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British economist upbeat about China’s economy

Updated: Apr 2,2015 9:26 AM

Jim O’Neil, a British economist and professor at the University of Manchester, who coined the term “BRIC” economies — referring to Brazil, Russia, India, and China — is the former Chairman of Goldman Sachs Asset Management.

In 2003, O’Neil and his colleagues at Goldman Sachs made several predictions about the world economic pattern in 2050, saying the world will be completely different if the BRIC economies and other new economic entities can achieve their expected growth.

More than a decade after O’Neil put forward the term “BRIC”, China has taken the lead of the four countries, in economic aggregate and also importance to the world economy. According to the World Bank, by the end of 2014 China’s economic aggregate reached over 10 trillion calculating by market rates.

This figure is 1.5 times the total amount of the other three BRIC countries, and much more than the total amount of France, Germany, and Italy. It is twice as much as the figure for Japan and, in his 2003 report, O’Neil and his colleagues said China will catch up with Japan in economic aggregate by 2015.

Judging from the economic aggregate and economic growth, the other three BRIC economies also performed well in the past decade. But only China’s growth exceeded the expectations of the economists. O’Neil said recently that due to the contributions made by China, the BRIC economies may become an economic group as important as G7, possibly as soon as in 2025.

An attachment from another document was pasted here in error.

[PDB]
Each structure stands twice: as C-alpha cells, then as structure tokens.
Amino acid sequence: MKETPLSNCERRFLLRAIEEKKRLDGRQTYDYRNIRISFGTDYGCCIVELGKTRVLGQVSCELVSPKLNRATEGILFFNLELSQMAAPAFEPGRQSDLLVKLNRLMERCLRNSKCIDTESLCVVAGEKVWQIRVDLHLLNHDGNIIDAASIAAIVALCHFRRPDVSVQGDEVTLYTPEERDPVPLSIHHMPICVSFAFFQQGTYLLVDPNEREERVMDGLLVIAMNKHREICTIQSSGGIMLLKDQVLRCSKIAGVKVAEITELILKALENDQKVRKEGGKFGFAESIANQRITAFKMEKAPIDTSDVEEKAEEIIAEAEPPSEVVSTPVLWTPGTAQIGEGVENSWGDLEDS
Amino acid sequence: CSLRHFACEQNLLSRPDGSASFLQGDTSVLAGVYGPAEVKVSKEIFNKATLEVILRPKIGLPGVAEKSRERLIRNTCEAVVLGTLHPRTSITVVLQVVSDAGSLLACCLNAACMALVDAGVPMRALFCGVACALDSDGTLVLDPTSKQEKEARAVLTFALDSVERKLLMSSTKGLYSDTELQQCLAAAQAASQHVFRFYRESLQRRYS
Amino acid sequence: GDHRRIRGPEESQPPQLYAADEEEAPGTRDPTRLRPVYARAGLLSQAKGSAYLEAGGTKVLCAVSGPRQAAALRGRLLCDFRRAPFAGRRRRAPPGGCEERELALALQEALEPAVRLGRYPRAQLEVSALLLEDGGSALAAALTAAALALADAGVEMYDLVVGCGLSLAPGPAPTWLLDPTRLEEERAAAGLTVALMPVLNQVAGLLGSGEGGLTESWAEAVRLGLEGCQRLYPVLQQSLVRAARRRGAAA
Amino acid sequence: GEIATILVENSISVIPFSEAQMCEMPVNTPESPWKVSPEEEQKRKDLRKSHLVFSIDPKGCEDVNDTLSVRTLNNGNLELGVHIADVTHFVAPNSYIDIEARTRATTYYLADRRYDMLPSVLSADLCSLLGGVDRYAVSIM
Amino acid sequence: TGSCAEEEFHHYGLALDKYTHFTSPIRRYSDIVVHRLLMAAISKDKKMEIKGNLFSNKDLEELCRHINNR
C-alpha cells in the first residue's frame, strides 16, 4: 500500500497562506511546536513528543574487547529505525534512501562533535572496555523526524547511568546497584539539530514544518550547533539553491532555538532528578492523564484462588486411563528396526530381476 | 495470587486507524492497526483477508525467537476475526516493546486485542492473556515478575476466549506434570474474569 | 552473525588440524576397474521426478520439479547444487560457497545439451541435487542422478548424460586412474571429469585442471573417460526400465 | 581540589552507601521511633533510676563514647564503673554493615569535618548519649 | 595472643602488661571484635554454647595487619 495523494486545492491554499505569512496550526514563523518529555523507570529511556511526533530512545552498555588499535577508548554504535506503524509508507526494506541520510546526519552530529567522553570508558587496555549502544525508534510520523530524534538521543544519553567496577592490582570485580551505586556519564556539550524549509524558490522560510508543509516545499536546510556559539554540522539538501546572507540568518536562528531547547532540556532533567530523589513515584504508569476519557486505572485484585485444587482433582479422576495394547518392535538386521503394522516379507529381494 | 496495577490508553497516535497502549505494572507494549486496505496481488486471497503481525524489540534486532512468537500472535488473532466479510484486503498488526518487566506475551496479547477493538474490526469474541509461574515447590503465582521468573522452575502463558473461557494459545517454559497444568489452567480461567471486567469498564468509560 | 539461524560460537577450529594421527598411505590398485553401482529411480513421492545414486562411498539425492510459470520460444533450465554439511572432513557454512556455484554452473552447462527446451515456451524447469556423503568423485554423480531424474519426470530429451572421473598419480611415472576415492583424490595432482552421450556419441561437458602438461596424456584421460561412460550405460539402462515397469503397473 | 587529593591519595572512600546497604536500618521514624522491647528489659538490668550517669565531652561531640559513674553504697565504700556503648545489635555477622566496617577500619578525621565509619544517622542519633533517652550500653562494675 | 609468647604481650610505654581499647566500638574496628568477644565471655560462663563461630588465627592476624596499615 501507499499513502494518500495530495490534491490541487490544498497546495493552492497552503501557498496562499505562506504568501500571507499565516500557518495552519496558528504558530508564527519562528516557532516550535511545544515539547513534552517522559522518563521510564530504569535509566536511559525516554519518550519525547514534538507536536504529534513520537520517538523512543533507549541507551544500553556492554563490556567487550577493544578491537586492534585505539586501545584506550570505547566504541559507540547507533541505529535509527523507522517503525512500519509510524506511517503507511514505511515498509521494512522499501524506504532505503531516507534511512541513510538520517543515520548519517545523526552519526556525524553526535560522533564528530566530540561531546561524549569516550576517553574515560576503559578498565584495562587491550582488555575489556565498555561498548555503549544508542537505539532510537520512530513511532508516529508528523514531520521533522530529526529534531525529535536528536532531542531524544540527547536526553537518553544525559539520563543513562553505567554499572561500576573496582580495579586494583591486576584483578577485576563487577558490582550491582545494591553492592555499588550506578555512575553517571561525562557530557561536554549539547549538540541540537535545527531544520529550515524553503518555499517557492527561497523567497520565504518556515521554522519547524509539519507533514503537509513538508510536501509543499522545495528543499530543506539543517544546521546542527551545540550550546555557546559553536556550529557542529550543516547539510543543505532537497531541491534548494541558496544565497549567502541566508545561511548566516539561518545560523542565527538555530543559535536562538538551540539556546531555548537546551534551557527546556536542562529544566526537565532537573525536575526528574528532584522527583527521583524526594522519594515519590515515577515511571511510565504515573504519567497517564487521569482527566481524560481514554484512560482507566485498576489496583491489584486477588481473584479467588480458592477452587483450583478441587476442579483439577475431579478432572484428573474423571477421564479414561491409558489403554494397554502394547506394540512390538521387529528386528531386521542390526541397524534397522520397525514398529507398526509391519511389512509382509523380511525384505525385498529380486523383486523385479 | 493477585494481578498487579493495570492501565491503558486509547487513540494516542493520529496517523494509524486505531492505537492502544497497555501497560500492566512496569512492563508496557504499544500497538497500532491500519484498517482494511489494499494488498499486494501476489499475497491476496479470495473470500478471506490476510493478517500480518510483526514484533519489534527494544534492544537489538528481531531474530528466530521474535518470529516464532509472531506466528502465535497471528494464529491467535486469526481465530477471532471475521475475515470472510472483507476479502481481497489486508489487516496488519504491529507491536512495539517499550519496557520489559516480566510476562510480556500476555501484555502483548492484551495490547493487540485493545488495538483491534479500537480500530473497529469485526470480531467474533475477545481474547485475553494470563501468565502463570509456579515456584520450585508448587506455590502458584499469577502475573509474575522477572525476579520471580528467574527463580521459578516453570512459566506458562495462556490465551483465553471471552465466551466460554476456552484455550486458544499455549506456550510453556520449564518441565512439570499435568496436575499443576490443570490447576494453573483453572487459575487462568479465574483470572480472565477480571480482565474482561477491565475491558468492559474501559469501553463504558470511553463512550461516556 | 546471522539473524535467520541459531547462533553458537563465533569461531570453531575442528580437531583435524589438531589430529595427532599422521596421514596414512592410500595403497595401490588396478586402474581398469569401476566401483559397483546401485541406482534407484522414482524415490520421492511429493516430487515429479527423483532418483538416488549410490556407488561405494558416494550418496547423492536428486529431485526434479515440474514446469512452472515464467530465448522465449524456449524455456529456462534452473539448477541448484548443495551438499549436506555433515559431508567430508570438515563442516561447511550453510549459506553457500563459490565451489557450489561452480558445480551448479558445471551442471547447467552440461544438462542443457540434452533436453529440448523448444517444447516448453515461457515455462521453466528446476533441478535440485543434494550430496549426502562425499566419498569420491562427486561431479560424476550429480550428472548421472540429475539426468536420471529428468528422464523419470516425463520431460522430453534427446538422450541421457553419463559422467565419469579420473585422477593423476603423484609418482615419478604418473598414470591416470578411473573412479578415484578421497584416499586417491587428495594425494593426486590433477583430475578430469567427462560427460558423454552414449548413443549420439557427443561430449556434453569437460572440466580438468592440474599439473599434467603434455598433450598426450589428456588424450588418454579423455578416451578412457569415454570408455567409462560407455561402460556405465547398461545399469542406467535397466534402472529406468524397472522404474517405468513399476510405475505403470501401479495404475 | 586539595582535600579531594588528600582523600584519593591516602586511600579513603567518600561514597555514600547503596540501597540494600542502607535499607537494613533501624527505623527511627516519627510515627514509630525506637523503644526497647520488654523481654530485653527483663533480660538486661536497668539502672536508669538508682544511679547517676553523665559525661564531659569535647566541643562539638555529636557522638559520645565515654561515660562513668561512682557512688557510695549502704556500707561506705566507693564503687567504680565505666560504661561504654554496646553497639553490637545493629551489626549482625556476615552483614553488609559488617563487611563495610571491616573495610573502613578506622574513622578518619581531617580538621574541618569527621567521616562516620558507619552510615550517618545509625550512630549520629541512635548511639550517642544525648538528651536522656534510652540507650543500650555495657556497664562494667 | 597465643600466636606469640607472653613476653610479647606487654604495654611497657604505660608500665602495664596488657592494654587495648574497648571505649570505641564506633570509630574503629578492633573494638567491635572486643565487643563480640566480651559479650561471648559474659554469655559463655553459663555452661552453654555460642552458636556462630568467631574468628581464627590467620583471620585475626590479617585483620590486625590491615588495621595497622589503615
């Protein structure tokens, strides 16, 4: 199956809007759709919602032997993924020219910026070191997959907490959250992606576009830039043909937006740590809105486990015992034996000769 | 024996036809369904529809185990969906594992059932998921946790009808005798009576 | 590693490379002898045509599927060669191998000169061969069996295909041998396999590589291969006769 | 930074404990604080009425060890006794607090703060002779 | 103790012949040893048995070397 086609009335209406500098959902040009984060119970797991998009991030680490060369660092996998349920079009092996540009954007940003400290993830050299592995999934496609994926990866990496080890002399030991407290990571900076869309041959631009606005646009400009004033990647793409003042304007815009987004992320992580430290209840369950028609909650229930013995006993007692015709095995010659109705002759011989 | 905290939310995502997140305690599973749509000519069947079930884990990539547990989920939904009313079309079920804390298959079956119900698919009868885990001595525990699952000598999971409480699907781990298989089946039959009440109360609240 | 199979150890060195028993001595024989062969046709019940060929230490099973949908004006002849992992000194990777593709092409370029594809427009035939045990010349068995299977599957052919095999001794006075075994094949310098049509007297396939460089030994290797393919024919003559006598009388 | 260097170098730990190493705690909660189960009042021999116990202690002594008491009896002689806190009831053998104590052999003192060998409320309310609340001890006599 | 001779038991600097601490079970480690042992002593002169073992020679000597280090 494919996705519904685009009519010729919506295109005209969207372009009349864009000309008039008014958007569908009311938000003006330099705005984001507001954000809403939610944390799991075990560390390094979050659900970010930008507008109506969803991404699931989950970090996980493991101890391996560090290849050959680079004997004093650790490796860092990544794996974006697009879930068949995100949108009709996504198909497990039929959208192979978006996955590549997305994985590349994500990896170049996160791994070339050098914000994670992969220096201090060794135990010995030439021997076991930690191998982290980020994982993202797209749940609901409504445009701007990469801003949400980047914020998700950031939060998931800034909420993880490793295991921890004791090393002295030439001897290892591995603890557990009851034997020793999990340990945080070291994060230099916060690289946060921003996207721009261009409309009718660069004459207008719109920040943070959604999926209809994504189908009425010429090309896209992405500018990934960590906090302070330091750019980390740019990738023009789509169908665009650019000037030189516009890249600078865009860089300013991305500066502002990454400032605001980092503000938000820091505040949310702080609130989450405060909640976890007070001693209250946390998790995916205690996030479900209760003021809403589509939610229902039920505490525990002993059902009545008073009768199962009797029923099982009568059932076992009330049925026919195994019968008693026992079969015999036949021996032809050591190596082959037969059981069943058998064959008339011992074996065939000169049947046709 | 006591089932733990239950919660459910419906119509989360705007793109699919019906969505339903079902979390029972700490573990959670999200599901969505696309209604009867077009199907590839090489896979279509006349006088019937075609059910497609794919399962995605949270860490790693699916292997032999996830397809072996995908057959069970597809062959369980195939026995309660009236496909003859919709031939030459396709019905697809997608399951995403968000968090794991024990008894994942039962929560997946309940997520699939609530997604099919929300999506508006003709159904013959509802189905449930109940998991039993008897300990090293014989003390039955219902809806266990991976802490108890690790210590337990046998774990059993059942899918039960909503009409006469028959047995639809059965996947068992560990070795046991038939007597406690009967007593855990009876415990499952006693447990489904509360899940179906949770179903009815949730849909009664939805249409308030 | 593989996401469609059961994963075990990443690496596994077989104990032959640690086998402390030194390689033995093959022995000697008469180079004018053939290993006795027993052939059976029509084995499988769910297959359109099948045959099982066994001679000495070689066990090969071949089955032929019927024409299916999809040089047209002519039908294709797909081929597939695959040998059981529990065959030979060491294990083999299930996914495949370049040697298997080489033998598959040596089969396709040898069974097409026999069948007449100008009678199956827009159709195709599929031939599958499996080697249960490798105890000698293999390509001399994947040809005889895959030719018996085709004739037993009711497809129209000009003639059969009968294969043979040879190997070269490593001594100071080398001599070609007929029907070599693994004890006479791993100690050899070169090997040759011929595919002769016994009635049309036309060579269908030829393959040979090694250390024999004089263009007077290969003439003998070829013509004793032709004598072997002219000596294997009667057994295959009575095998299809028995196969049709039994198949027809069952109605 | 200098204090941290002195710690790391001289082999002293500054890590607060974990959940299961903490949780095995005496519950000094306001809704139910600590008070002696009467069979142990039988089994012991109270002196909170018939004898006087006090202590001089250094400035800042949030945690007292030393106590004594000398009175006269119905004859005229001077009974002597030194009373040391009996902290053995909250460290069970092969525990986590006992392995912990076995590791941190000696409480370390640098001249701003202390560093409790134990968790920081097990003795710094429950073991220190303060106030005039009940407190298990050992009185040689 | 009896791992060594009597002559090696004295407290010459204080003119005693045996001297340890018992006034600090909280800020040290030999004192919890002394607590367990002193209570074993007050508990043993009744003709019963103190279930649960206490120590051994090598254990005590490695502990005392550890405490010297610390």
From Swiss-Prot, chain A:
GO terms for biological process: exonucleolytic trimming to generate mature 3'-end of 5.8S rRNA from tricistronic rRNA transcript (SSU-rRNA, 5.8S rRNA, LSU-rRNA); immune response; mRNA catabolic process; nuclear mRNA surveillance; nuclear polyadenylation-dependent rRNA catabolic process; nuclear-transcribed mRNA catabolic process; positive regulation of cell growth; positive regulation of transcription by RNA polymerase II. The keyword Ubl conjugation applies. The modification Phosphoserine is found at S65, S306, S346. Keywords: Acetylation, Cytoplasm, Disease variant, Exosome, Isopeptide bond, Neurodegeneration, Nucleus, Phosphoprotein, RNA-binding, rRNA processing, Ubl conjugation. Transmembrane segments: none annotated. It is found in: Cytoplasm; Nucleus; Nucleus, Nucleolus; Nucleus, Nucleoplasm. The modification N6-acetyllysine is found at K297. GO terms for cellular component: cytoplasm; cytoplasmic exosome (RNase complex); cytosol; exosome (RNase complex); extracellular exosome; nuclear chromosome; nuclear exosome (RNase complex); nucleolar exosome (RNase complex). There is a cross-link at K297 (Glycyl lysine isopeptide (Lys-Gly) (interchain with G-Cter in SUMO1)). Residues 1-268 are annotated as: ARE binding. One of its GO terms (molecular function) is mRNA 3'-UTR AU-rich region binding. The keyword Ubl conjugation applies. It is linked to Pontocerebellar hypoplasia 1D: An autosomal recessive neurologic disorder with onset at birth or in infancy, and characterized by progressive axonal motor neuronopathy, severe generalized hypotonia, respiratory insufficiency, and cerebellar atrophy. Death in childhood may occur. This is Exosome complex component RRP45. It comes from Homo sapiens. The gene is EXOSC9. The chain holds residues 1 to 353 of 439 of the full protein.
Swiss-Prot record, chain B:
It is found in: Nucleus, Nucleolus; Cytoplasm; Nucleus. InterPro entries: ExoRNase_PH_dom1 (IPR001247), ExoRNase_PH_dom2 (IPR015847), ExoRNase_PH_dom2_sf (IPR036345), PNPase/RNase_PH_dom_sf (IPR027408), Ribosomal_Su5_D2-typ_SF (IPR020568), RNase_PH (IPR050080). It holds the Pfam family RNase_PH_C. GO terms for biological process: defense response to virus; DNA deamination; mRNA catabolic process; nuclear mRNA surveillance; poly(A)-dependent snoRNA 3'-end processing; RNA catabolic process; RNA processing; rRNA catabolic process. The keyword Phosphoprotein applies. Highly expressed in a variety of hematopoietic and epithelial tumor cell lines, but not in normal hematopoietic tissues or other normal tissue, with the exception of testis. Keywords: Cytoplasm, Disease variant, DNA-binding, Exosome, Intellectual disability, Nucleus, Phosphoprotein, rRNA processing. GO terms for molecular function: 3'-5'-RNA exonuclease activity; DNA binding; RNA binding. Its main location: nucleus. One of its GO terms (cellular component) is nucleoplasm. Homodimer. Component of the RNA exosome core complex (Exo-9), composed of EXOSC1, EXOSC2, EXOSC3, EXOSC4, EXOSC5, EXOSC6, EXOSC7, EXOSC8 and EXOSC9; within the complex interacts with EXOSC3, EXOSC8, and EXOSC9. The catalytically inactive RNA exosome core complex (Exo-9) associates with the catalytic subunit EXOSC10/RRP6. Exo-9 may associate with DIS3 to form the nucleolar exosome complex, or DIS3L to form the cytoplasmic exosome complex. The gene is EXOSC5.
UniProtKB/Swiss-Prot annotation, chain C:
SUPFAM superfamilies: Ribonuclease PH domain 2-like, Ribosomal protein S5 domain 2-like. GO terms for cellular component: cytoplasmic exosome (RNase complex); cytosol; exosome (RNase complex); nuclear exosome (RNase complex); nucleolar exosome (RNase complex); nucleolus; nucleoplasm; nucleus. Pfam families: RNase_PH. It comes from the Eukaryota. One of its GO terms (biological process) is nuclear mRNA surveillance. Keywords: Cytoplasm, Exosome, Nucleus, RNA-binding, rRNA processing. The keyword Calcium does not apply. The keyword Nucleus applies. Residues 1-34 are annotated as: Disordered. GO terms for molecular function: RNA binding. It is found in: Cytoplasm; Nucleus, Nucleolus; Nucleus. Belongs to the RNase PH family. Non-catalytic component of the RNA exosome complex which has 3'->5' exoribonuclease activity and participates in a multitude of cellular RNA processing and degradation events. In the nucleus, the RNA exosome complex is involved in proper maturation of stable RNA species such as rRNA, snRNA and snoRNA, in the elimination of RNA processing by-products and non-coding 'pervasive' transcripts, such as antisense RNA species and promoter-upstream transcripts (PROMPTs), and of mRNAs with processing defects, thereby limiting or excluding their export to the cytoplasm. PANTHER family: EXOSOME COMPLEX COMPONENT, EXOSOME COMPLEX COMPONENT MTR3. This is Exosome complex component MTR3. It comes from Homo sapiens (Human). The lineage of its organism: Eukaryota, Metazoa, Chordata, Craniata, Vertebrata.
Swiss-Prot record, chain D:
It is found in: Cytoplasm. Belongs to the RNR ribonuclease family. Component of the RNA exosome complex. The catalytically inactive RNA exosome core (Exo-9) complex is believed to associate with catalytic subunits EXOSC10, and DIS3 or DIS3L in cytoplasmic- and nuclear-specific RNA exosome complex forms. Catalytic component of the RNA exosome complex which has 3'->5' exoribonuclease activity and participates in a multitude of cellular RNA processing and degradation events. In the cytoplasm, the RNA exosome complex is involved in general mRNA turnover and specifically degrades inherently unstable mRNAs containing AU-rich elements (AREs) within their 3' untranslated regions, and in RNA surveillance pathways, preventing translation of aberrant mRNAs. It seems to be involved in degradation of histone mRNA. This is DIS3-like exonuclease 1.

Compared with the growth of GDP, people’s personal wealth is the key element affecting their lives. But it is generally recognized that China’s population is basically stable, which means changes of per capita GDP will follow the growth of the total GDP. Additionally, several thousand millions of Chinese people were lifted out of poverty over the past 30 years, which is a great contribution to the UN’s Millennium Development Goals.

According to official statistics, over 50 percent of Chinese people live in cities, which is a good progress compared with the situation 20 years ago. O’Neil said that urbanization is a driving force for economic growth judging from history and the experiences of various countries, as it allows citizens to promote the development of the economy — as producers as well as consumers. Thus, China’s economy still has much development potential judging from the urbanization rate.

O’Neil also made some suggestions for China. He said that the most important thing is to carry out plans to allow migrant workers to enjoy the same benefits and public services as other citizens. He added that if a large population floods into cities, this naturally represents a big challenge. Also, if this problem cannot be solved, the personal savings rate of migrant workers will be high as they need more capital to get the same resources other citizens enjoy, like health care services and insurance. China is trying to address this issue, and improving the living standards of migrant workers will also boost economic development.

O’Neil discussed the Chinese government’s efforts to drive the economy by increasing consumption rates. According to official statistics, consumption accounts for a rising proportion of the total GDP — which reached 51.2 percent in 2014. O’Neil said that consumption rates should continue to increase, adding that it is also important to build reliable social insurance and medical systems and improve pension plans, as these measures can increase consumption, thus reducing the high savings rate.

He also stressed the importance of quality of economic growth, saying this is what a more civilized economic entity and society needs, and it is also consistent with the goal of reducing pollution and saving energy.